Yes, an out of state lawyer can call you all day long, it doesn't matter if he is licensed somewhere else. He doesn't represent YOU.

Asker

Posted

OK, thank you for the information.

Posted

I concur with my colleague. I would add that it seemed to me a conciliatory attempt to resolve the issue in a civil manner. What matters is also what you want to do with the judgment in your favor. My suggestion is to hire an attorney in your area.

This reply is offered for educational purpose only. You should seek the advice of an attorney. The response given is not intended to create, nor does it create an ongoing duty to respond to questions. The response does not form an attorney-client relationship, nor is it intended to be anything other than an educated opinion of the author. It should not be relied upon as legal advice. The response given is based upon the limited facts provided by the undisclosed individual asking the question. To the extent additional or different facts exist, the response might possibly change. Attorney is licensed to practice law only in the State of New York. Responses are based solely on New York Law unless stated otherwise. Pursuant to Internal Revenue Service guidance, be advised that any federal tax advice contained in this written or electronic communication is not intended or written to be used and it cannot be used by any person or entity for the purpose of (i) avoiding any tax penalties that may be imposed by the Internal Revenue Service or any other U.S. Federal taxing authority or agency or (ii) promoting, marketing or recommending to another party any transaction or matter addressed herein.

Posted

As a result of the internet, virtual law firms, "unbundling of legal services," Legal Zoom, and legal outsourcing, the ethical rules of state jurisdictions are evolving to take into account the revolution of the Digital Age. Some have gone so far as to say that there is no unauthorized practice of law short of making an appearance in court on behalf of a client. While I do not think one can rely on this outlier of legal ethics, I think it would be absurd to hold a lawyer for a national company guilty of an ethical violation because he was attempting to negotiate a settlement with a party or action situated outside of the jurisdictions of his bar admissions. In this sense, I agree with my colleagues.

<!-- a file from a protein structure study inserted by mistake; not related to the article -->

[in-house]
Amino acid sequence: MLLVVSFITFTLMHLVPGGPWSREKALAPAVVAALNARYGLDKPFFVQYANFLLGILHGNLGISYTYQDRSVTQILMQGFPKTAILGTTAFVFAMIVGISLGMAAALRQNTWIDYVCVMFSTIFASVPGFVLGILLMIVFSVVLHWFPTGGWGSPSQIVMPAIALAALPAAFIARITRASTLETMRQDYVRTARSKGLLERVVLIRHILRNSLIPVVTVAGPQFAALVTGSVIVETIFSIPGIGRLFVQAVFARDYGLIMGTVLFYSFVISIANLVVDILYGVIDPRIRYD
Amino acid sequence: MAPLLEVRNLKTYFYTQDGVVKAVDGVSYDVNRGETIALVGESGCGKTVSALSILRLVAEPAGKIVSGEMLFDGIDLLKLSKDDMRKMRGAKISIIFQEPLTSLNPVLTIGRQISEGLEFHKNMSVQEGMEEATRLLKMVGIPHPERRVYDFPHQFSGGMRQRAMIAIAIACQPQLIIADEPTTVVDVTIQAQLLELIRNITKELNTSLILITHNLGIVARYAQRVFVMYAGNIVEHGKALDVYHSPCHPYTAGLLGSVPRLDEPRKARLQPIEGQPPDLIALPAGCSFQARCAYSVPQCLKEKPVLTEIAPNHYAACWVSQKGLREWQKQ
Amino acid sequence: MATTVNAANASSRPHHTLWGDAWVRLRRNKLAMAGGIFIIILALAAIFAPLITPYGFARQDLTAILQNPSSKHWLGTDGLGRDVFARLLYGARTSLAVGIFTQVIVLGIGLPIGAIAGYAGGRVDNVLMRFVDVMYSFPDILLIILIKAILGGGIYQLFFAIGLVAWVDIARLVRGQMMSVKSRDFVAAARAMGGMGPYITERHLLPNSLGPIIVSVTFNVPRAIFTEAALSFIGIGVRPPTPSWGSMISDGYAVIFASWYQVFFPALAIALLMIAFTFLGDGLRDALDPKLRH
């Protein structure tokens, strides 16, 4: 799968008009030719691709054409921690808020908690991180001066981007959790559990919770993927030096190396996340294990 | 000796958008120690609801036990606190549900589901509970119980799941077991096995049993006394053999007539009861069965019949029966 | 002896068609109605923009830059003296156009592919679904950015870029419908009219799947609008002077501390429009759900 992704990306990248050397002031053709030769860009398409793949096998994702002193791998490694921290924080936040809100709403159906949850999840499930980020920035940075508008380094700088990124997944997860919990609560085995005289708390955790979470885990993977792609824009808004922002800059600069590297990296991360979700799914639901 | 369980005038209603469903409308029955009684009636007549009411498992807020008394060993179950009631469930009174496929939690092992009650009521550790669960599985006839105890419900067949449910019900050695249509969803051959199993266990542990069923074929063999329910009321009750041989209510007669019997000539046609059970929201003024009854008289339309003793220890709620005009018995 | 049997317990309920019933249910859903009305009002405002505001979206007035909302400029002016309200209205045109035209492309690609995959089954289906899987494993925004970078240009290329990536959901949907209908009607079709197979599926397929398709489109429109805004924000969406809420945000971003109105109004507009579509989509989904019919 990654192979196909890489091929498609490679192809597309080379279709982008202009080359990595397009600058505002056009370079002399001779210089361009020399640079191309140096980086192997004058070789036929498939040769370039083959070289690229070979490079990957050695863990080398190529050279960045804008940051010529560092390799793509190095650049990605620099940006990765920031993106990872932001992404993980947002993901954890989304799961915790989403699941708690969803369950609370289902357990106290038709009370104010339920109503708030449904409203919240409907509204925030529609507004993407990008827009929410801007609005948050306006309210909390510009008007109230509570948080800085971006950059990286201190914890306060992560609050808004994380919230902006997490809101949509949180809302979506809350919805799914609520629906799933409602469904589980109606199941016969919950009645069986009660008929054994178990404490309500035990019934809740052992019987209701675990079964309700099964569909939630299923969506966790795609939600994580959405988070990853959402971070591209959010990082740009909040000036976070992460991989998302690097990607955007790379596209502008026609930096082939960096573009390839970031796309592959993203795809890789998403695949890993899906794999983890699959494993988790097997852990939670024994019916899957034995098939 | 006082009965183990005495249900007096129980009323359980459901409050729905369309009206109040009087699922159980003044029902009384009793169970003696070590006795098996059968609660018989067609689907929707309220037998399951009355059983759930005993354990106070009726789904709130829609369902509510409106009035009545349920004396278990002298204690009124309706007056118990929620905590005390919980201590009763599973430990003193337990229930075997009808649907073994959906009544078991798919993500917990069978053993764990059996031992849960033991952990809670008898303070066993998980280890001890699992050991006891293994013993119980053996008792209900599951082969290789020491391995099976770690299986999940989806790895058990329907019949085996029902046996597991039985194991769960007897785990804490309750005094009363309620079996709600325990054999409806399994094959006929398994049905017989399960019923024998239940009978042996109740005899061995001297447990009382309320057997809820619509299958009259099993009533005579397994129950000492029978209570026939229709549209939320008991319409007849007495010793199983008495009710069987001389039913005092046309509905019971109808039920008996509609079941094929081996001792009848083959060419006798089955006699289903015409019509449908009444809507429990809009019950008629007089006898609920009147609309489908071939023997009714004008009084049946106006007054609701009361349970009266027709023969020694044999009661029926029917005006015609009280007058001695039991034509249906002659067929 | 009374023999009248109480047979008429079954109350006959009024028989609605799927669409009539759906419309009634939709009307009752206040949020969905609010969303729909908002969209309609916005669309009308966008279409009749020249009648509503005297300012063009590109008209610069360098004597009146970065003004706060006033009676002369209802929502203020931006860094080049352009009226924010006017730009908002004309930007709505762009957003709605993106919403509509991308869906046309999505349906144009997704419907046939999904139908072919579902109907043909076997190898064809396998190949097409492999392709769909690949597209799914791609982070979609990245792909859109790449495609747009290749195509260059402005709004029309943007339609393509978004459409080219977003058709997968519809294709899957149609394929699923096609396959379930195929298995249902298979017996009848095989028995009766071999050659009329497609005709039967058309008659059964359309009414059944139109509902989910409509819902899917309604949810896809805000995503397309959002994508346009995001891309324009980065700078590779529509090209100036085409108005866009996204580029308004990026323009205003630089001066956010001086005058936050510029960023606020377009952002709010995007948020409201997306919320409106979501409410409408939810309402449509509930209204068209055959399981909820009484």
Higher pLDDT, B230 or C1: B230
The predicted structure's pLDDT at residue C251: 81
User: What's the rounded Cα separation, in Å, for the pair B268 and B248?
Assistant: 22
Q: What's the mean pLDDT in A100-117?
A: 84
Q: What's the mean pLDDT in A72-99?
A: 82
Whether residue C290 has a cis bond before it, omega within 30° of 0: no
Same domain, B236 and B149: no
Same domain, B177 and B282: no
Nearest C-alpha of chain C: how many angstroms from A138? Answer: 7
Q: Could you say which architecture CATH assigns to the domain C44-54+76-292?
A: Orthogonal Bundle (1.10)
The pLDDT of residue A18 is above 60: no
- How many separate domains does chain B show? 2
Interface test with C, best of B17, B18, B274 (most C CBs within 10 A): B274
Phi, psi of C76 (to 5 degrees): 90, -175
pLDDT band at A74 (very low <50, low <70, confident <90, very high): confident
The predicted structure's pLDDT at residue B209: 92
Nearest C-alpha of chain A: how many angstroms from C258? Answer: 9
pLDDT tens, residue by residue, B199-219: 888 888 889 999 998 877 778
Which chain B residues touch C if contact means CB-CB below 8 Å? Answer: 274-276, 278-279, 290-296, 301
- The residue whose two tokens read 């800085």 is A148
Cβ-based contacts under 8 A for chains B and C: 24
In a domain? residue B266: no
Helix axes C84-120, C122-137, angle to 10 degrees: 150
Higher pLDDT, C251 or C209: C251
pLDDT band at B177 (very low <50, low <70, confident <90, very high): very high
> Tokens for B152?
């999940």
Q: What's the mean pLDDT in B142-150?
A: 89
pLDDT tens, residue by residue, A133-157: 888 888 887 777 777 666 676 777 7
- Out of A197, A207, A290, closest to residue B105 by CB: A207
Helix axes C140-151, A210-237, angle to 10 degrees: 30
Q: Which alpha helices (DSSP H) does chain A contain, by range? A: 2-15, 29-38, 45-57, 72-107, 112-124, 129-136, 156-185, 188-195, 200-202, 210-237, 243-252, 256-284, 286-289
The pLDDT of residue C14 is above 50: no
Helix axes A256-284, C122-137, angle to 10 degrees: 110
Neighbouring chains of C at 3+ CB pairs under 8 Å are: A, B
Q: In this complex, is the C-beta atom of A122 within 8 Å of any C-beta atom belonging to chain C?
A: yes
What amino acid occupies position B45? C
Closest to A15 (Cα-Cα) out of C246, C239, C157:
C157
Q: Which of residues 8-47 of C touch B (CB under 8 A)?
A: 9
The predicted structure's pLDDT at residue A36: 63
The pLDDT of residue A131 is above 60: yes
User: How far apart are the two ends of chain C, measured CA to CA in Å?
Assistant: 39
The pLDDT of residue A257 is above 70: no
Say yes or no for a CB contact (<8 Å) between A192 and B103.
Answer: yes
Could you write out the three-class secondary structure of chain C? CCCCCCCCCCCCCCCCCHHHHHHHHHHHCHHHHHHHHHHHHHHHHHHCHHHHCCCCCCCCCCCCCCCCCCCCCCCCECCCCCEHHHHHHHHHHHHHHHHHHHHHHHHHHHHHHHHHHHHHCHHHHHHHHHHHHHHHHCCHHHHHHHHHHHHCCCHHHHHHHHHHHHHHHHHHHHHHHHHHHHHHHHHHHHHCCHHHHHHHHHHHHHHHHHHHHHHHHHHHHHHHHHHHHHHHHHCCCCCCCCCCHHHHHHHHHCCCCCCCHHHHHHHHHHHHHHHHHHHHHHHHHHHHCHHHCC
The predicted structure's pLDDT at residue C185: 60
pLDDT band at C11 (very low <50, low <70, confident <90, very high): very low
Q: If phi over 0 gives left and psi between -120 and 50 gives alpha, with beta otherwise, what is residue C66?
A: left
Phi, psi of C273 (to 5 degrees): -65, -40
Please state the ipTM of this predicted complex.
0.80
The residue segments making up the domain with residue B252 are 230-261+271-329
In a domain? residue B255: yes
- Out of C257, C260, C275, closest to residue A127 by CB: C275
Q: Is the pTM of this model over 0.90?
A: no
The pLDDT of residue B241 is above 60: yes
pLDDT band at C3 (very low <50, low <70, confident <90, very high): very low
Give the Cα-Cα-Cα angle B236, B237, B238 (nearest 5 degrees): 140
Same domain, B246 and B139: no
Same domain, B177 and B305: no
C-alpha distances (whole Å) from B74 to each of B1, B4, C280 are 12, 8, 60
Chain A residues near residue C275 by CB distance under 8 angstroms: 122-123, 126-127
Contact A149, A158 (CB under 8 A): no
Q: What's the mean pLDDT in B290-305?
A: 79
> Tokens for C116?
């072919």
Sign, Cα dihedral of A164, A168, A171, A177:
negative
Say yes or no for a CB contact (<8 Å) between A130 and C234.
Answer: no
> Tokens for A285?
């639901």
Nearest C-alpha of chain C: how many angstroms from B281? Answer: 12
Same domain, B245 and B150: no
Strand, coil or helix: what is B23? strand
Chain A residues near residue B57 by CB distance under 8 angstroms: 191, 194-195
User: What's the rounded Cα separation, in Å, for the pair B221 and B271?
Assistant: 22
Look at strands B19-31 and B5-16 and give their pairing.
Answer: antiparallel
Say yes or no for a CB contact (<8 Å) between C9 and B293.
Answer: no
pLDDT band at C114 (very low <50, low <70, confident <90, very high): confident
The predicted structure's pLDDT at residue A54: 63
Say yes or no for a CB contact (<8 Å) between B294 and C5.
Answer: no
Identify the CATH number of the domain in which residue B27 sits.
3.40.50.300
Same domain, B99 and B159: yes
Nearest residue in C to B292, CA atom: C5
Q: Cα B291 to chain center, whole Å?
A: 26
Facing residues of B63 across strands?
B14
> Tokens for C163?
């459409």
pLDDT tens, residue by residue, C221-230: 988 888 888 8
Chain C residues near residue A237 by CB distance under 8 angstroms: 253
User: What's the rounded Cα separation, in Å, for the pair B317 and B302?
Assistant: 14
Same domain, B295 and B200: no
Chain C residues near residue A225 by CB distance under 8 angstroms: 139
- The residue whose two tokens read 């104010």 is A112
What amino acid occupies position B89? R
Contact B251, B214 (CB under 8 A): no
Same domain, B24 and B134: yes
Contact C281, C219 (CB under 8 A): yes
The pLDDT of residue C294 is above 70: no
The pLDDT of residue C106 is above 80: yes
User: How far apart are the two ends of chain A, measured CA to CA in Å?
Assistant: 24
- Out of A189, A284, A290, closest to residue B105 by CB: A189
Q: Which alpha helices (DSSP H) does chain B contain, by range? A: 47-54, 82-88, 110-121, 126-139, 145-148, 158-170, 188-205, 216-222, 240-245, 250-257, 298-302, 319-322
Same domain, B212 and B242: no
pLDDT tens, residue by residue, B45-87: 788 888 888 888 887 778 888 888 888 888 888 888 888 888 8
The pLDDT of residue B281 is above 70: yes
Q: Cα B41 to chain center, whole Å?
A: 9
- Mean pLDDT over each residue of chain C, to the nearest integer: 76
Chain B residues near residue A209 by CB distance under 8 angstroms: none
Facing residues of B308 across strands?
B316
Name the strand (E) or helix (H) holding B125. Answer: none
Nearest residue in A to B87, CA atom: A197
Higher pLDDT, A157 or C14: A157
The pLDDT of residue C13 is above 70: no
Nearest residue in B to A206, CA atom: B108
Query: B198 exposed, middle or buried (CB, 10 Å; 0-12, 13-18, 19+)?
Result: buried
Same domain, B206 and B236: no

Robert A. Stumpf

Robert A. Stumpf

Posted

Very good answer. I agree that what's considered UPL is going to evolve dramatically over the next several years, there is no choice.

Posted

It's not blackmail. It sounds like an offer to talk settlement.

If you had counsel in the small claims matter you should advise him or her of the call. It would be, at most, an ethics violation to contact you directly if the attorney knew you were represented.

If you did not have an attorney in that case, who else could the counsel for the other side call to try and resolve it?

In either case, it's your decision whether or not to go further.

This response is intended to provide general information, but not legal advice. The response may be different if there are other or different facts than those included in the original question. See MKnutsonLaw.com for more information on why this communication is not privileged or create an attorney-client relationship.

Asker

Posted

Thank you everyone for your replies. I appreciate it greatly. I represented myself in the small claims court and in the highly unlikely situation that they appeal I'll also represent myself. I'm guessing that they will not seek an appeal just attempting to coax me into a lesser amount paid. If they appeal they have to put the entire amount down, and pay a lawyer to represent them for it. I'm guessing the 2-3k it will cost them wouldn't be worth it considering the amount owed is only $900.00. I'm guessing the council was just hoping that I'd go for the lesser amount.